I only very recently discovered how deeply
Apr 06, 2011 Jenny rated it it was amazing  ·  review of another edition
Shelves: favorites
I LOVE THESE BOOKS! They're so good you don't want to put them down and, yet, so good you want to put them down. Because you know if you keep reading you're going to finish and if you finish you'll have to go back to the monotony that is OTHER books.

I love the ideas born from this authors imagination! Kate Griffin obviously has a deep love for, and knowledge of London; a unique way of seeing the city and, literally, bringing it to life in the pages of these books.

This book, the third in the se
Jan 09, 2012 Alytha rated it really liked it  ·  review of another edition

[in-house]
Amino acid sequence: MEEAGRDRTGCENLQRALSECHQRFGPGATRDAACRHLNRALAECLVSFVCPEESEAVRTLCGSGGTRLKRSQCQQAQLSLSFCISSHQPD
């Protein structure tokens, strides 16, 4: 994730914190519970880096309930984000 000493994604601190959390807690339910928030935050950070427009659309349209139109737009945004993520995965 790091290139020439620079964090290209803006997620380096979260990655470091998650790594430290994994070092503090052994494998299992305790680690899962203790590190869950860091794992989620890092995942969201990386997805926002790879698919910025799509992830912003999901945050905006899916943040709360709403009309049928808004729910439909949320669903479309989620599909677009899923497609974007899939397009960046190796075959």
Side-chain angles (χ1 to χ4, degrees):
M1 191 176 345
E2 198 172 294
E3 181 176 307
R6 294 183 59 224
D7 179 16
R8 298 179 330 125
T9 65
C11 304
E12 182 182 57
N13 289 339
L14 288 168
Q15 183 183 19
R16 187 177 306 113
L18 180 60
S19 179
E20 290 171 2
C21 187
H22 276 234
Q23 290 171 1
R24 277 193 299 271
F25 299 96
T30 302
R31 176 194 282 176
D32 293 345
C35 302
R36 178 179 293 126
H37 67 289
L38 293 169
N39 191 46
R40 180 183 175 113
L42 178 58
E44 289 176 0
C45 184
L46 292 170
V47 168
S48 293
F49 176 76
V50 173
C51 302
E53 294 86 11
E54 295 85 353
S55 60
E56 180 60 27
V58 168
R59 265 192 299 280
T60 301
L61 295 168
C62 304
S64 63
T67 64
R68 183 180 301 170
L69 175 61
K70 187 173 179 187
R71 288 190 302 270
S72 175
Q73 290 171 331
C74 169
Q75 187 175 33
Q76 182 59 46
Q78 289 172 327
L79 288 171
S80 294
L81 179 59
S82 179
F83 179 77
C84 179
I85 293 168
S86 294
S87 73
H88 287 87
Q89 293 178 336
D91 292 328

Here's the description from her website:

When the city was founded, he was the mad native spirit that waited in the dark, on the edge of the torchlight. When the streets were cobbled over, he became the footsteps heard on stone that you cannot see. When the Victorians introduced street lighting, he was the shadow who always shied away from the light, and when the gas went out, there he was. The shadow at the end of the alley, the footsteps half-heard in the night.

A daimyo of the Neon Court is dea
Apr 03, 2012 Wealhtheow rated it really liked it  ·  review of another edition
Recommends it for: fans of Night Watch or Neverwhere
Matthew Swift was a sorcerer's apprentice, but he died.

Then he came back.

Now Matthew Swift is the Midnight Mayor, with responsibility for all of London. So when a mystical war threatens between the Neon Court (the fairy court, transformed by the modern age, who prize beauty over truth and style over freedom) and the Tribe (self-mutilating transhumanists whose magic derives only from themselves), he has to deal with it. And when a "chosen one" is prophecied, he has to find her, no matter how sill